It has been shown that active patient engagement results in fewer hospital readmissions, decreased medical errors, and less consequences resulting from poor communications. Engaging patients improves healthcare, saves money, and reduces errors. Meaningful Use has a program goal to deploy technology to raise patient engagement. The timing is ideal, since more patients are connected every day using smartphones, tablets, and other mobile computing devices.
Improving healthcare is a training problem, which I discussed in an earlier blog. Along with changes to our general education about healthcare, we can adopt new technology to enable this education. Many organizations are providing online content, encouraging patients to manage their own health, and more technology solutions are appearing every day. For example, the HealthIT.Gov group has released details of their Blue Button + campaign.
The Blue Button + program is intended to engage consumers (patients) in three distinct ways:
- First, by easily providing access to patient’s health information.
- Second, by allowing patients to take action on this information.
- Finally, to shift the patients attitudes about their role in their own healthcare.
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The technology behind Blue Button + is designed to ensure everyone can access their health information easily and quickly. The success of this has been proven. In 2010, the Department of Veteran Affairs started the Blue Button initiative. Since then, over 88 million Americans have been given access to download their health record from portals offered by CMS, Department of Defense, Aetna, and United Healthcare. Over one million Americans have downloaded their health records.
This is a challenging issue because healthcare data most often lacks structure, is inconsistent, has no secure transport, and is not seamless. The Blue Button + program has been released to address these issues. It does so by offering a structure and transport mechanism for the data, pre-defined anchor bundles, and triggers to automate the transmission.
Structure is accomplished using a Consolidated CDA (C-CDA) template. This same XML template is described in the Meaningful Use Stage 2 requirements. It uses a standard message format to move data between systems. Most modern Health IT solutions support CDA and will support C-CDA soon.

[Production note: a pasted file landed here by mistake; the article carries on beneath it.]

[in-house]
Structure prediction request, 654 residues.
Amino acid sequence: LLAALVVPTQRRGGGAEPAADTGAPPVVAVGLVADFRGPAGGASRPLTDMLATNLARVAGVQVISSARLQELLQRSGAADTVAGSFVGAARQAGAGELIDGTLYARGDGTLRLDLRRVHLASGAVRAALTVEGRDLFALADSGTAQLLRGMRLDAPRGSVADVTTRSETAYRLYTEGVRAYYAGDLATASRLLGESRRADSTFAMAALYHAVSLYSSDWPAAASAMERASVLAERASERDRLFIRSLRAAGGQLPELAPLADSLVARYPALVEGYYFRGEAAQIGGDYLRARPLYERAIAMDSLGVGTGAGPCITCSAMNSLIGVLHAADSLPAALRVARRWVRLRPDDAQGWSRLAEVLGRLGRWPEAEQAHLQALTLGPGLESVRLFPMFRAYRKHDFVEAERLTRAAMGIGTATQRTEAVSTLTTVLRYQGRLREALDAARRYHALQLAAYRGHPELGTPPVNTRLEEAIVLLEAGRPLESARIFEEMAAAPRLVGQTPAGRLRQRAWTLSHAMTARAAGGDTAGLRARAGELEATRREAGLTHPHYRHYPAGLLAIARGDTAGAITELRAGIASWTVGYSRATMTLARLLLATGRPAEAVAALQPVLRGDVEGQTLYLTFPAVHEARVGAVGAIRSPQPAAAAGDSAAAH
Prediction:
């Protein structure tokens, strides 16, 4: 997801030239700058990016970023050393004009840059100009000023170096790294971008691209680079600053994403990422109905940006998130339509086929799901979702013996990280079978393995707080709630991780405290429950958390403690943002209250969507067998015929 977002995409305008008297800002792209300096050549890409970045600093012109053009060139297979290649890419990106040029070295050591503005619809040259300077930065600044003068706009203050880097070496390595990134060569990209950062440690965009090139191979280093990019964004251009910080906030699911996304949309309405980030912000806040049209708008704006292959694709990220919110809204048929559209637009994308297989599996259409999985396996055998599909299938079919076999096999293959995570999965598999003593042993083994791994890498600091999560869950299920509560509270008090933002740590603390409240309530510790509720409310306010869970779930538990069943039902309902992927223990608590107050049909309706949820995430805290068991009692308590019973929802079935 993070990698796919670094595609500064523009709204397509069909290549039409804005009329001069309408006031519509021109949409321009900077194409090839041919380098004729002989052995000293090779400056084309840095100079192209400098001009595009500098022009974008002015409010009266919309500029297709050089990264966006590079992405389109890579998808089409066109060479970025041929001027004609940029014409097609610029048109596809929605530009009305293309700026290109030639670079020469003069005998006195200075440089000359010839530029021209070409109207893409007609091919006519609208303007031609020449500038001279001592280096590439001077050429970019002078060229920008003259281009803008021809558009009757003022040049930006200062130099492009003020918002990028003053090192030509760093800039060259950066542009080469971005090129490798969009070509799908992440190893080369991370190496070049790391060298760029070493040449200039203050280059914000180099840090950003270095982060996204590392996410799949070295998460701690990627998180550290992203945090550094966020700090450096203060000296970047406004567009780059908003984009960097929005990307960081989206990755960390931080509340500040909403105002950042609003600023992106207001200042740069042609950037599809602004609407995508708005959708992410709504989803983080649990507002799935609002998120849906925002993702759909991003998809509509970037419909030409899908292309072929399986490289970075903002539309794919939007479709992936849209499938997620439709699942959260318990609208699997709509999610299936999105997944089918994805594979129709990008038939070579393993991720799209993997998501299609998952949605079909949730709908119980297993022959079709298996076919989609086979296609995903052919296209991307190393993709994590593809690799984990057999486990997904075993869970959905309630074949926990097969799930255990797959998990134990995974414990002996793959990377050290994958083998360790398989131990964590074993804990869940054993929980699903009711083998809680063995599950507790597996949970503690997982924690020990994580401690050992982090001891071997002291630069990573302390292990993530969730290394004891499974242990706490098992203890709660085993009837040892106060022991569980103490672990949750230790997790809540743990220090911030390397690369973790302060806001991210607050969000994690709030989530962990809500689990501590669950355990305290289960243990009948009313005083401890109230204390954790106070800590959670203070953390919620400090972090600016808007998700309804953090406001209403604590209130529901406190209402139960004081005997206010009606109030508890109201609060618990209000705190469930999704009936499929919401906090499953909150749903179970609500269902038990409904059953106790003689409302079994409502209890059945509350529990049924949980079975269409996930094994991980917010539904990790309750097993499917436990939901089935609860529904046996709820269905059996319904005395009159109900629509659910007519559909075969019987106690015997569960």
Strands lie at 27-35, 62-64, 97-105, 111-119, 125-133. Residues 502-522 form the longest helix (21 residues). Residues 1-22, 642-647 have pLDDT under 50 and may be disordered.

Transport leverages the DIRECT protocol using SMIME/SMTP transport to move data between systems. This uses the same infrastructure used by email to transmit health information between systems. DIRECT adds security to this process by pre-defining trust relationships between the sending and receiving systems.
All of the requirements listed so far are Meaningful Use Stage 2 regulations. Blue Button + adds some extra considerations to provide a better experience. This includes the Blue Button Anchor Bundles to pre-define collections of trust relationships, transmit context to help label messages based on their source and time of transmission, and finally enable the ability to automate the message push function via triggers. Triggers enable automatic updates to receiving systems when patient data changes on the source system. These let patients, when they register, determine how often data is refreshed between these systems. Once this trigger has been defined, the patient has nothing else to do, yet still receives updated data each time the data is updated at the source.
Have you had experience with Blue Button + or downloading your health information by other means?